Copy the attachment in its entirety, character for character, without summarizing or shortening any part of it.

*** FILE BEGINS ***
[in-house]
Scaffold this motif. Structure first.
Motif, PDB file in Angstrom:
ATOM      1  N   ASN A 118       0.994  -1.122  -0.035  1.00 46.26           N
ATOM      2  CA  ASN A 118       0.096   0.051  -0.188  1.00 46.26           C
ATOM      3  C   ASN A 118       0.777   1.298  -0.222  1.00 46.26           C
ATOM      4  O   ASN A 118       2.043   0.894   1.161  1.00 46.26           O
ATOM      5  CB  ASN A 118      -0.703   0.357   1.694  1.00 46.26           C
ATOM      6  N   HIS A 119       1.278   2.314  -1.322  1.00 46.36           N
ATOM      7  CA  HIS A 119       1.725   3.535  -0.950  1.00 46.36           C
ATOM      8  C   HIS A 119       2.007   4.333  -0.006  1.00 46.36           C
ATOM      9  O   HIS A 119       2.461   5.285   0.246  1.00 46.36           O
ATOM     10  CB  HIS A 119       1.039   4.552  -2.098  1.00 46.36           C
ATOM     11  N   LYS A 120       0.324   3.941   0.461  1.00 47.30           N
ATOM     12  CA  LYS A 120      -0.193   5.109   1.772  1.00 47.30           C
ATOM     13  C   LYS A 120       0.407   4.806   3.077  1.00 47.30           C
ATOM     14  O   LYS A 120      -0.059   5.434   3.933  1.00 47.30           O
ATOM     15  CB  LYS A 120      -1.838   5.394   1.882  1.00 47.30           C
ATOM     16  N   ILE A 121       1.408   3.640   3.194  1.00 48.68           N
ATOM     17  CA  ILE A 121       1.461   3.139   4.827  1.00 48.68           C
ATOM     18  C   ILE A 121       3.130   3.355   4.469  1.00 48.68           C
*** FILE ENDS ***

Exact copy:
[in-house]
Scaffold this motif. Structure first.
Motif, PDB file in Angstrom:
ATOM      1  N   ASN A 118       0.994  -1.122  -0.035  1.00 46.26           N
ATOM      2  CA  ASN A 118       0.096   0.051  -0.188  1.00 46.26           C
ATOM      3  C   ASN A 118       0.777   1.298  -0.222  1.00 46.26           C
ATOM      4  O   ASN A 118       2.043   0.894   1.161  1.00 46.26           O
ATOM      5  CB  ASN A 118      -0.703   0.357   1.694  1.00 46.26           C
ATOM      6  N   HIS A 119       1.278   2.314  -1.322  1.00 46.36           N
ATOM      7  CA  HIS A 119       1.725   3.535  -0.950  1.00 46.36           C
ATOM      8  C   HIS A 119       2.007   4.333  -0.006  1.00 46.36           C
ATOM      9  O   HIS A 119       2.461   5.285   0.246  1.00 46.36           O
ATOM     10  CB  HIS A 119       1.039   4.552  -2.098  1.00 46.36           C
ATOM     11  N   LYS A 120       0.324   3.941   0.461  1.00 47.30           N
ATOM     12  CA  LYS A 120      -0.193   5.109   1.772  1.00 47.30           C
ATOM     13  C   LYS A 120       0.407   4.806   3.077  1.00 47.30           C
ATOM     14  O   LYS A 120      -0.059   5.434   3.933  1.00 47.30           O
ATOM     15  CB  LYS A 120      -1.838   5.394   1.882  1.00 47.30           C
ATOM     16  N   ILE A 121       1.408   3.640   3.194  1.00 48.68           N
ATOM     17  CA  ILE A 121       1.461   3.139   4.827  1.00 48.68           C
ATOM     18  C   ILE A 121       3.130   3.355   4.469  1.00 48.68           C